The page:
Consider - what sort of voices dwell within you? How do they respond when you transgress, when you fail? How would you like them to respond? How were these voices created, given form, given strength, in your childhood? Remember (even if, as a child, this was not remembered for you): the person behaving badly is the person who needs us the most. When we punish, shame or criticise, we do not help our children, now or in the future. We simply begin to create for them the inner critics and demons with which so many of us adults are all too familiar. But by giving our children love in their hardest moments, by pouring on unconditional kindness and reminding them, even as they are being extremely difficult, of their extreme brilliance, we can help to create for them a whole tribe of inner voices of positivity. These voices will encircle them and speak words of reassurance in every hour of darkness, their whole life, even long after we are gone. 'Hatred will never cease by hatred. By love alone is it healed.' 






15 comments:

  1. Another helpful concept to float around my mind waiting (hopefully) to pop up and help me each time i encounter the same. Thanks. x

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    1. Thanks Dee, glad you enjoyed it! x

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  2. Lovely post. It strikes a chord. So much harder to deal with acting up when you're tired. And of course that's when it happens as they're not getting our attention. Will try to remember this and break the cycle in our house too.

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    1. Thanks for your comment Mel, I hope we all can break some cycles! x

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  3. This is wonderful, I really love it x

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    1. Thanks Alex that is nice to hear x

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  4. A great post....has helped me with my whiney toddler today!

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  5. really needed to read this today as had a very difficult day with aggression issues in our house. I always feel shocked when these episodes happen as I am a very gentle person and take it very personally. It is hard to respond with love in these situations and hard to step back and look at the underlying reasons! Thanks Mule! x

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    1. Thanks Erika. Glad it was helpful x

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  6. Loved this post, especially as I am struggling with an agressive 3 yr old son. There have been times when I have had to leave parks and soft play as he has hit someone. Not fair to my 5 yr old who has done nothing wrong, but it is humiliating being shouted at by another mum. Mum and HV say he is seeking attention, so would this tactic not just be feeding this and make him do it more? Hlfangelhlftart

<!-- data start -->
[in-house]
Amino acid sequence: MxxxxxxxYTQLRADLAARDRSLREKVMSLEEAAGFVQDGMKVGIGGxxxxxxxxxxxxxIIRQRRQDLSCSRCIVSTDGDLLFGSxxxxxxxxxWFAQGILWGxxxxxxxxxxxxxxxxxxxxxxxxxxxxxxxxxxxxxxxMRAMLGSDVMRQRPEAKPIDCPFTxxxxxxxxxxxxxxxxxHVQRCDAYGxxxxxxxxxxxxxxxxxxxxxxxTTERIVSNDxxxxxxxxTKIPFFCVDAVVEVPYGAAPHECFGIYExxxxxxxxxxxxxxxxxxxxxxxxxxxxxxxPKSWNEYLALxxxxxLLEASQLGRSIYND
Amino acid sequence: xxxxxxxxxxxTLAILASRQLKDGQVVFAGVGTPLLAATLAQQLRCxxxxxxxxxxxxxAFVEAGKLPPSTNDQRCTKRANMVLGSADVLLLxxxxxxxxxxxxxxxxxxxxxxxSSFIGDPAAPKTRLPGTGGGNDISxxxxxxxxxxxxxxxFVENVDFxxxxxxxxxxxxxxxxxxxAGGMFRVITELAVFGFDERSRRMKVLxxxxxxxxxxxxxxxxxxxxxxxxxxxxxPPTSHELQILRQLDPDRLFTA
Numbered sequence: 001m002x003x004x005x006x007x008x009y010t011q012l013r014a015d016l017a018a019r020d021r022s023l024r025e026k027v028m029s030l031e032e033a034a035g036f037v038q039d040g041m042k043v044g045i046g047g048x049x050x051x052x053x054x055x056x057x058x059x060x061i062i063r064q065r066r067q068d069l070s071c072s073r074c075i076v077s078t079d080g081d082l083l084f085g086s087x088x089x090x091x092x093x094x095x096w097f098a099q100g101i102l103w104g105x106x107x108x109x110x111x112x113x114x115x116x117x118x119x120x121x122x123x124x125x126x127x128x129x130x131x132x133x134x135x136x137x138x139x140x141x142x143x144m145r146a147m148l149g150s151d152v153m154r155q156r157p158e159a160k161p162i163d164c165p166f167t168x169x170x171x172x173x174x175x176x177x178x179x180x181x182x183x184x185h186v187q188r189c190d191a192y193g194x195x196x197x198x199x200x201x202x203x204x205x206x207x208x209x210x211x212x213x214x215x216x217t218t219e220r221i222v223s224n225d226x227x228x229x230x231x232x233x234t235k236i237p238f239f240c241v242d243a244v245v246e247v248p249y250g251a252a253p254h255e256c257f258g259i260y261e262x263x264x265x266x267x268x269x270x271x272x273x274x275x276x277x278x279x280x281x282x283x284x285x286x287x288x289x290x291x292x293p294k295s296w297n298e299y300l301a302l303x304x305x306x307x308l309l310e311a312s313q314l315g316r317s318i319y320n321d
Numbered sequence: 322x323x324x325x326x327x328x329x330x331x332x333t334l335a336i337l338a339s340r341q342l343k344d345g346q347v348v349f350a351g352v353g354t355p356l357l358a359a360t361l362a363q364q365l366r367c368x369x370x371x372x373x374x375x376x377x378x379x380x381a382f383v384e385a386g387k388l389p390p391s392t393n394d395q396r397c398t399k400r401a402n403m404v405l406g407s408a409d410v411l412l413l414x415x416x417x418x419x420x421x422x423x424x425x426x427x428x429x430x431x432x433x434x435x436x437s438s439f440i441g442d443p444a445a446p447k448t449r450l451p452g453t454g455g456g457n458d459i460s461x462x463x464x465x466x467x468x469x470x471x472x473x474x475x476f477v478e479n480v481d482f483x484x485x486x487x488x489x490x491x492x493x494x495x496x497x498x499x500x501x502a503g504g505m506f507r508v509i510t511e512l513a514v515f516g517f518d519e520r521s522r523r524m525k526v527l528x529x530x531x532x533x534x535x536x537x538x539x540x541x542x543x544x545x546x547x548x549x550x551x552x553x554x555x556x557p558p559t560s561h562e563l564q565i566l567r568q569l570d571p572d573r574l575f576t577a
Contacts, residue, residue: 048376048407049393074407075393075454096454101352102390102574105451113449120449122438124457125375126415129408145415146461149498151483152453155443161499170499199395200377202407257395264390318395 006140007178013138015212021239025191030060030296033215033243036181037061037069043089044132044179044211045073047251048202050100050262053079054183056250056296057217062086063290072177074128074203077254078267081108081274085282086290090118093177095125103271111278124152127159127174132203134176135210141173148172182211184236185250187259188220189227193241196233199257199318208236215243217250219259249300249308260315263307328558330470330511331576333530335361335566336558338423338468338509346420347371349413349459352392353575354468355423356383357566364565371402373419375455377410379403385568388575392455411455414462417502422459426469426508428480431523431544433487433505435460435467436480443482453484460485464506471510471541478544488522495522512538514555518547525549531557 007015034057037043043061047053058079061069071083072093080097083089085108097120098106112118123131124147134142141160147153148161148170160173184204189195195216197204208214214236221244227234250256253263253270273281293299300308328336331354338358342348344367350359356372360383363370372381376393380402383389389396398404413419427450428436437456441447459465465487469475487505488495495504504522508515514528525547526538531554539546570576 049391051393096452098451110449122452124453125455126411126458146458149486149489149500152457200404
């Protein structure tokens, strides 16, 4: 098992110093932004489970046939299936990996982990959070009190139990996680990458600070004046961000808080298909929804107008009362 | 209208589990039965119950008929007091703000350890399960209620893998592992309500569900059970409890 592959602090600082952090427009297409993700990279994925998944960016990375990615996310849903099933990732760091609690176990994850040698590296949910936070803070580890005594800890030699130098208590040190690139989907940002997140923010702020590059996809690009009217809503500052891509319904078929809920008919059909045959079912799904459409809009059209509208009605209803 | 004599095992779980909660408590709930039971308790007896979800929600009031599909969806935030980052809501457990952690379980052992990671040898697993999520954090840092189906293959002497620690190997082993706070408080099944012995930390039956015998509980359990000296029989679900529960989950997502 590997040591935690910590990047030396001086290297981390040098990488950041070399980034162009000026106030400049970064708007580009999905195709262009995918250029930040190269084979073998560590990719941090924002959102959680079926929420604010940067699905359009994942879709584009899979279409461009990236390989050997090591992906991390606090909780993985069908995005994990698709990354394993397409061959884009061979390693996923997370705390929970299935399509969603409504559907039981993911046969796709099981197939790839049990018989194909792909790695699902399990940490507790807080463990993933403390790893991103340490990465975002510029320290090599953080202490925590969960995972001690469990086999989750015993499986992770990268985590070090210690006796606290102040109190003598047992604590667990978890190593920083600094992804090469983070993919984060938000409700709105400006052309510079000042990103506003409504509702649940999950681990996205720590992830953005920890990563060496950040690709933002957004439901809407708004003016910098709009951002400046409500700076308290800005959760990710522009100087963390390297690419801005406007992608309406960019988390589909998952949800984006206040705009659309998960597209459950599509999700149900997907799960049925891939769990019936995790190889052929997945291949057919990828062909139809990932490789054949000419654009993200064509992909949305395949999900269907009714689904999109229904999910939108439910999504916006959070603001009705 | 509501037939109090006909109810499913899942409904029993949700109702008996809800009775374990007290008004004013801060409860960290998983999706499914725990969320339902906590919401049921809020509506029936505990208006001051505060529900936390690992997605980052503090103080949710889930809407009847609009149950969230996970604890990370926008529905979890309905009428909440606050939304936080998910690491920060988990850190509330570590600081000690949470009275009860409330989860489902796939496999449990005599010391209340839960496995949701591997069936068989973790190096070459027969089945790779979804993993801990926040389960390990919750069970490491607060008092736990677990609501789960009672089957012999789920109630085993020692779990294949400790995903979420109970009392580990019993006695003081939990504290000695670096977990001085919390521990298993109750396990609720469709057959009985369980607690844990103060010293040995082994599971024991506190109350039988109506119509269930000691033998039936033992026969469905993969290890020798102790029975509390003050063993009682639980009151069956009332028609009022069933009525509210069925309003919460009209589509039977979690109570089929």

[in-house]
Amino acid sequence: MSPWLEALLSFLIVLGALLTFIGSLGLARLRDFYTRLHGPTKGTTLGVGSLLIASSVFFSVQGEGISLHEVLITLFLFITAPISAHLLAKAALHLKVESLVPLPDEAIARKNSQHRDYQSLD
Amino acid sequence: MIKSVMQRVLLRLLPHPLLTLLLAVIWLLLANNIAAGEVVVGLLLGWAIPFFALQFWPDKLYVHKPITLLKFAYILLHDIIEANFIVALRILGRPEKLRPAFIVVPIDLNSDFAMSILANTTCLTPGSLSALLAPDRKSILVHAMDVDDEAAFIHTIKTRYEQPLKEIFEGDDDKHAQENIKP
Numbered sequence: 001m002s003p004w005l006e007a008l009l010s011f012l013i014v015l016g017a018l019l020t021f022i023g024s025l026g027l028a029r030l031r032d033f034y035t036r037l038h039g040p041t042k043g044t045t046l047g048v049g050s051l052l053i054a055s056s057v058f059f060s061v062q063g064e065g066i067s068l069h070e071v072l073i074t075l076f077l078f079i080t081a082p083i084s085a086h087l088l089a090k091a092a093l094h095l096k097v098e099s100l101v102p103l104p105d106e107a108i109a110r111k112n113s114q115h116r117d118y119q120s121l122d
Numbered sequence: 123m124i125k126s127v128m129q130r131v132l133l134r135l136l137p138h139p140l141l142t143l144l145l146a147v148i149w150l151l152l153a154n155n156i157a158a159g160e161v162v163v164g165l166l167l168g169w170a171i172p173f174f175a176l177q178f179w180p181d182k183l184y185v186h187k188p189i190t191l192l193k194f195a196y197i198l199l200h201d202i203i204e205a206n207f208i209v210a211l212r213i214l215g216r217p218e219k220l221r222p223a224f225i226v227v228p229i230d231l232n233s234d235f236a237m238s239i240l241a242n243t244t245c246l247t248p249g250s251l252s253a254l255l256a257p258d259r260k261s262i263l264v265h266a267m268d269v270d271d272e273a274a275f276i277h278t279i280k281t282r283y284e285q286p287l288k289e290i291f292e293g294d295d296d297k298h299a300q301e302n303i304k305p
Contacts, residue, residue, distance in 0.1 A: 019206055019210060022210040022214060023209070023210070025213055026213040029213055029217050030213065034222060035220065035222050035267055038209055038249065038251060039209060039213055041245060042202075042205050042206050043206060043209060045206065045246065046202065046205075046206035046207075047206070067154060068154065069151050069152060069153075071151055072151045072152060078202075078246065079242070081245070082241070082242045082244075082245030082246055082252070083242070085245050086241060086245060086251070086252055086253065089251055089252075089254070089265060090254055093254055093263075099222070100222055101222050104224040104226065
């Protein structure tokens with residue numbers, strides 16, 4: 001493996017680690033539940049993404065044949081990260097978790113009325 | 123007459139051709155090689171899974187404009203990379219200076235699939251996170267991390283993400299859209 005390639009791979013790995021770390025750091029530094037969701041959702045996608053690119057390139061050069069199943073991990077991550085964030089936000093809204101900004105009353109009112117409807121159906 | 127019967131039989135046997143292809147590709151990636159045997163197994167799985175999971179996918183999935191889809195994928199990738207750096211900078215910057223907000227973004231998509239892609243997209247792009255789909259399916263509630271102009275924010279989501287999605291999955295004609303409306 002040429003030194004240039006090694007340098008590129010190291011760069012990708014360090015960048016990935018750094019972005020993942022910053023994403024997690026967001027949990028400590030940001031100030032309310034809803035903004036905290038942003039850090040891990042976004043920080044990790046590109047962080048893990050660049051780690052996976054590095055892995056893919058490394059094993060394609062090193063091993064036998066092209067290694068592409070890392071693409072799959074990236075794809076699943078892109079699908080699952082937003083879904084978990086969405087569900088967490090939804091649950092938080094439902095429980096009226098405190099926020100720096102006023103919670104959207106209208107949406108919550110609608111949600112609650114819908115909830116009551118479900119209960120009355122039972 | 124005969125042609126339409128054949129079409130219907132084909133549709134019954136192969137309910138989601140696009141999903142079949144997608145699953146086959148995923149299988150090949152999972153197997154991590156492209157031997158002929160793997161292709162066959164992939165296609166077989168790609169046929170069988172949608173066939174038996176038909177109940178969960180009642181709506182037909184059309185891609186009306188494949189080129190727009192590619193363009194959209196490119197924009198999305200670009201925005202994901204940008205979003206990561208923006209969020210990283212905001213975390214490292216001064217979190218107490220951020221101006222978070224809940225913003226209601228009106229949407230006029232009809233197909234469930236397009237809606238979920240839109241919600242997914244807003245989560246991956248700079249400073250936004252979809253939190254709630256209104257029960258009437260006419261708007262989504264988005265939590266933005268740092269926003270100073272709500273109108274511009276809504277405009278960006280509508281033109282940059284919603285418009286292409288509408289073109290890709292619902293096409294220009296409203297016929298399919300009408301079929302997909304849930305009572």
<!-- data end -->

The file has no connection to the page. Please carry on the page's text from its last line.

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    1. Hi - sorry you are struggling. It is really hard when you have to meet more than one child's needs, AND effectively handle a difficult situation!
      My personal view would be that you need to explore, with him, what the underlying needs are that are feeding the behaviour. If two other adults feel that he is 'attention seeking', then perhaps that is your answer, but might be worth looking at other possibilities too. Attention seeking is often framed as a negative thing in our world, but often therapists refer to it instead as 'attention needing'. If he gets what he needs, rather than feeding negative behaviour, the behaviour should change. Behaviour only exists in relationship to others.
      In the story of the Bahemba, the tribe take the person who has done wrong, isolate them in the centre of the circle, and begin their elaborate ritual. It is made extremely clear that the behaviour was unacceptable - but this is done is a way that shows deep love and respect.
      I hope you find a way to navigate this - so difficult! Good luck! You are clearly a very loving and thoughtful mummy, he is very lucky! x

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    2. If a person that small is seeking attention, then he needs that attention. If you can't act out and demand, and realise that you are worth that demand being met when you are three, then there's never going to be a better time. I don't see attention seeking as a problem, just a phase best met, explored and grown out of before adulthood. We all know an attention seeking adult - usually hypochondriac and only ever properly indulged when they were ill as a small child. Met needs make stable adults.

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  7. After a day of screaming at the kids at tethers end and feeling dreadful about it, I needed this... Thank you x

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    1. Thanks Jane, and thanks for your comment above too, you are right, it is simple, 'met needs make stable adults', we all need to remember that x